My most recent column at Alternative Right. I analyze the stormtroopers on granola.
The ultimate outcome of totalitarian humanism taken to its logical conclusion would be a totalitarian state organized as a kind of caste system whereby individual rights are assigned on the basis of group identity and group rights are assigned on the basis of the position of the group in the pantheon of the oppressed or on the victimological family tree.
Given these considerations, it might be apt to compare our present day lefto-fascist, stormtroopers-on-granola with the Red Guards of the Great Proletarian Cultural Revolution. The Red Guards were, of course, bands of youthful vigilantes who scurried about China during the 1960s smashing up cultural artifacts deemed “old” (e.g. conservative, traditional) and engaging in vigilante violence against persons deemed “reactionary” (mostly dissident intellectuals and those labeled “bourgeois” or originating from politically incorrect cultural or class backgrounds.) We see a similar though milder version of this today in the West today with attacks on expressions of traditional culture (like Christmas celebrations), historical artifacts considered to be reactionary (like Confederate Civil War monuments or streets named after Confederate generals), and vigilante actions against people given labels like “racist,” “fascist,” “sexist,” or “classist.”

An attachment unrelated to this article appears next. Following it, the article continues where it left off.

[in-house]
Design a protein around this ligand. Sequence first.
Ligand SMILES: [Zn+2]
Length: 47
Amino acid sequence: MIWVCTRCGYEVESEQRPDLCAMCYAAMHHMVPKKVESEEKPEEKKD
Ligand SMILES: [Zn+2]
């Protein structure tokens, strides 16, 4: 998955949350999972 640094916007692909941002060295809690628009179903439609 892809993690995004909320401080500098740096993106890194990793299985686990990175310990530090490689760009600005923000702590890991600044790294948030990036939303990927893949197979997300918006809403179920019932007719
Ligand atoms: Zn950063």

I suspect that these “antifa” types, these Red Guards-on-tofu, would be every bit as murderous and destructive if the authorities would sanction it, as Chairman Mao did during the Cultural Revolution. We’ve seen hints at this already with the nonchalant attitude of the authorities towards threats of murder and arson against innocent people made by the Antifa in response to American Renaissance’s planned gathering in 2010. Plenty of other incidents have occurred where destructive or violent behavior by those claiming to act in the name of noble causes like “anti-racism” and “anti-fascism” have been overlooked or dealt with leniently by authorities convinced of the purity of their motives or restrained by political pressure.
The great irony presented by the Antifa is that despite all of their posturing as radicals and revolutionaries, they’re essentially doing the establishment’s bidding. The attitudes they subscribe to are not fundamentally different from those of the liberal elite overlords of the wider society. The Red Guards-on-tofu are simply a smellier, more ill-mannered, undisciplined, more in-a-hurry version of the liberal establishment itself. Wouldn’t it be an even greater irony if indeed the growing counterculture of the alternative right were to grow into a large influential movement as the leftist counterculture and antiwar movements did in the 1960s, with the Antifa and their ilk assuming the role of the “hardhats”?